Page 36 - Jewish Book Annual Volume 49

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Maybe that explains why his death wasn’t moving.
A wooden god, a weakened hierarchy, has led to inertia. Life
c a n n o t move fo rw a rd . R e la tionsh ips a re nega tive , n o n ­
functional: “I t’s how they were raised: you show respect by
fighting./ To let up insults the opponen t” (“Windows”). And
in “Confession”:
To say I ’m without fear
it wouldn’t be true.
I ’m afraid of sickness, humiliation.
Like anyone, I have my dreams.
But I ’ve learned to hide them,
to protect myself
from fulfillment: all happiness
attracts the Fates’ anger.
Bitterness spews forth like toxins that have to be released in
o rde r to make way for the new, prophetic vision. The biblical
God’s requ irem en t o f a broken heart has become the only ac­
ceptable spiritual point o f reentry.
O f what value besides catharsis for the poet, one might ask,
are poems about hatred , hostility, relationships o f manipulation
and control? In the poem, “Celestial Music,” Gluck sets up a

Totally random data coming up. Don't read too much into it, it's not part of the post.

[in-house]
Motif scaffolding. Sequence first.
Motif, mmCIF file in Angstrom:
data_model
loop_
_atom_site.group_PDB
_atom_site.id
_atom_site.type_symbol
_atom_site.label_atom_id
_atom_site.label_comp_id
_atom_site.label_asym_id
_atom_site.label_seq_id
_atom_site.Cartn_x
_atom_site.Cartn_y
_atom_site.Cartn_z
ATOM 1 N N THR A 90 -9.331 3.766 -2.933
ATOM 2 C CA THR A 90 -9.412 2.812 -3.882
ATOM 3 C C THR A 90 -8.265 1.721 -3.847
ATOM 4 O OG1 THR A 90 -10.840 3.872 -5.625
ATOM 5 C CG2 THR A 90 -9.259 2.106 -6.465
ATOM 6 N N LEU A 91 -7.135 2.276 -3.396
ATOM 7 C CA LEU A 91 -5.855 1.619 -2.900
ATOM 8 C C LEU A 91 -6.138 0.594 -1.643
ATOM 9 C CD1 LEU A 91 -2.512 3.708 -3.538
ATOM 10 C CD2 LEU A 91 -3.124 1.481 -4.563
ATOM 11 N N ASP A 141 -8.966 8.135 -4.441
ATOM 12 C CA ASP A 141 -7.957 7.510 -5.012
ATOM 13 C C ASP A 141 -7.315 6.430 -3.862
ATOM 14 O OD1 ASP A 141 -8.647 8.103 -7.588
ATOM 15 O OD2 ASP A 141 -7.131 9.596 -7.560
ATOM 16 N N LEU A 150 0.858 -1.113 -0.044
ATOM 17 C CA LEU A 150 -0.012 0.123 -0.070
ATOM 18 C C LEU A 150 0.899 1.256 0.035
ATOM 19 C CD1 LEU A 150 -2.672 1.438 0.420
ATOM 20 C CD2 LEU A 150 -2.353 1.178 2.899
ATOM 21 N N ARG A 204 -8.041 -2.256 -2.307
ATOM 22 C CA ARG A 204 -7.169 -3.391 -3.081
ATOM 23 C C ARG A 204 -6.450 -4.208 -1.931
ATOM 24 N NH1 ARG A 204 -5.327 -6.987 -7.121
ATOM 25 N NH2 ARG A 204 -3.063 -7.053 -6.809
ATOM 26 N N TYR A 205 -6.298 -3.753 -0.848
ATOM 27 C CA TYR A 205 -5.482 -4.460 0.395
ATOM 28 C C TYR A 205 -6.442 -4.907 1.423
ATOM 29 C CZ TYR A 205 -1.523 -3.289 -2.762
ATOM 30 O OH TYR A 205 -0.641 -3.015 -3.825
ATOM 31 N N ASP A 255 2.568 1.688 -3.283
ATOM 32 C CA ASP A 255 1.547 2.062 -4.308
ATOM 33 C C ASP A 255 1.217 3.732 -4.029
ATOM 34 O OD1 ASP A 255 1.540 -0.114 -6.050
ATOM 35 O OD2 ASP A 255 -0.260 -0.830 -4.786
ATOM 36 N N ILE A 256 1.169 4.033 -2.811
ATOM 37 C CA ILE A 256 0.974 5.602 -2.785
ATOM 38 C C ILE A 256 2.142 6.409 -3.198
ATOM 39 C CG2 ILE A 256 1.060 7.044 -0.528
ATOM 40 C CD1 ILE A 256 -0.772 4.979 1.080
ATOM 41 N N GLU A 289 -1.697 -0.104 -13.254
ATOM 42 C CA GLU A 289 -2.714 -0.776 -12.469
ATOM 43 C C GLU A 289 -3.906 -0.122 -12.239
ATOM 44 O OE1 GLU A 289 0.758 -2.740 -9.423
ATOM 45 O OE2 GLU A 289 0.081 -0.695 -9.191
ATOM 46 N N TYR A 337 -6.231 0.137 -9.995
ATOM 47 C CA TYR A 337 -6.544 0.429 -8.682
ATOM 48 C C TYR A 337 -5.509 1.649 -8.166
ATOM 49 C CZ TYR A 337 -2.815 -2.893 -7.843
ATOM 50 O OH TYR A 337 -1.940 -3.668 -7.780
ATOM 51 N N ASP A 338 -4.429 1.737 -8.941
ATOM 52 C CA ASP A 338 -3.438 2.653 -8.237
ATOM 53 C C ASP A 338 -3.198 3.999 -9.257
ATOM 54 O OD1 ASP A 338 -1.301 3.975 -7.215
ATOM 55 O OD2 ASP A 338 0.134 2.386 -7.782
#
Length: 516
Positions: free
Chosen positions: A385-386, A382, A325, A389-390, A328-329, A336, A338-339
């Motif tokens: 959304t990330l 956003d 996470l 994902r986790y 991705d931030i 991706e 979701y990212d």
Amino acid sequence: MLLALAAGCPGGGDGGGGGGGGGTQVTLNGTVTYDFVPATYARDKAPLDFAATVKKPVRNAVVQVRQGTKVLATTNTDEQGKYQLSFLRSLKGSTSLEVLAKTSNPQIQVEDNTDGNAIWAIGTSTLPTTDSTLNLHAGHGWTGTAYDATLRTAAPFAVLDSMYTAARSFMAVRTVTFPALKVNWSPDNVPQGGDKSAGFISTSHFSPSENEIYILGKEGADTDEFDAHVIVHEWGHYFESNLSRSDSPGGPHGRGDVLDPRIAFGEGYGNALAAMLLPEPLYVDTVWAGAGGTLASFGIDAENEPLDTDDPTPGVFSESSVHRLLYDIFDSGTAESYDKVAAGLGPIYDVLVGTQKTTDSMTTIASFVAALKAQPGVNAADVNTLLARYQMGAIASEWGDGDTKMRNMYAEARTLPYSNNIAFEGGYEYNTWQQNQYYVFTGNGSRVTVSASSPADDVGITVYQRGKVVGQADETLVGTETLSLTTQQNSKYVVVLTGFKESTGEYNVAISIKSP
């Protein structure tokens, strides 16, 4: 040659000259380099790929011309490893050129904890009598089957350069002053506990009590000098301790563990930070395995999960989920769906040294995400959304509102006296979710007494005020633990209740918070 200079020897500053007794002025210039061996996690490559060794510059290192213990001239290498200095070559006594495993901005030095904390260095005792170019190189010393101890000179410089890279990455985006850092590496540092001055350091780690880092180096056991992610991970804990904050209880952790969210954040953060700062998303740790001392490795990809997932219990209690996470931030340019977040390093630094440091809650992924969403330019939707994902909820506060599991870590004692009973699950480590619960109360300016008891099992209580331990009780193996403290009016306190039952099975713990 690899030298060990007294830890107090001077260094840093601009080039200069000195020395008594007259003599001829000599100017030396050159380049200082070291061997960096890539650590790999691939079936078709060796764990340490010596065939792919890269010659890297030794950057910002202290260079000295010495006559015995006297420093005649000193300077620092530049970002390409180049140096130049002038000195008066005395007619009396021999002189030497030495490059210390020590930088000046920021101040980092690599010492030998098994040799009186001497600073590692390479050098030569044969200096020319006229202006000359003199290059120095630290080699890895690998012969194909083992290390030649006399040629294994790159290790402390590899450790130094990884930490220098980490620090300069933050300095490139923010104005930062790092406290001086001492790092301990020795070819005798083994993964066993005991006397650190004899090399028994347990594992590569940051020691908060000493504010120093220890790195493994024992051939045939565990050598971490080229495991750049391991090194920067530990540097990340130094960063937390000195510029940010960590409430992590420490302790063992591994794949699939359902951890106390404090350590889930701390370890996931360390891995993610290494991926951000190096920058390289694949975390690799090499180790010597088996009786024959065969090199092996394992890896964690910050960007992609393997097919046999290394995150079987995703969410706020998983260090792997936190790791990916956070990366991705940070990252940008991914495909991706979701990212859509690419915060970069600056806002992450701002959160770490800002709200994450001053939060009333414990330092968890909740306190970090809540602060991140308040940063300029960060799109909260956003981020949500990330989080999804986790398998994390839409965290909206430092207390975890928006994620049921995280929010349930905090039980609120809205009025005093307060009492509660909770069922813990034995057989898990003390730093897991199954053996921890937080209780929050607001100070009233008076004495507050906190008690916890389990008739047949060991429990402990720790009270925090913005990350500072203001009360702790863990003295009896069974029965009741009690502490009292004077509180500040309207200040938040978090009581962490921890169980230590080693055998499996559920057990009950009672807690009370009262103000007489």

dialogue between “a fr iend” and herself in o rd e r to air he r p e r­
sonal anguish about the limitations o f the Jewish deity:
My friend says I shut my eyes to god, that nothing
my aversion to reality. She says I ’m like the
child who buries
her head in the pillow
so as not to see, the child who tells herself
that light causes sadness.
T h e poem concludes, “T h e love o f form is a love o f end ings.”
In Jewish tradition, the love o f endings is acceptance o f lim­
itation. Limited love, o r love/death that cancels out immortality
by walling up the psyche, is a belief system that manifests neg­
ativity, unworthiness, self-flagellation. I f limitation invites dis­
ease, Gluck is a willing recipient, a poet who accurately m irrors
the age o f angst.
T h e final poem o f the collection, “First Memory,” is an in­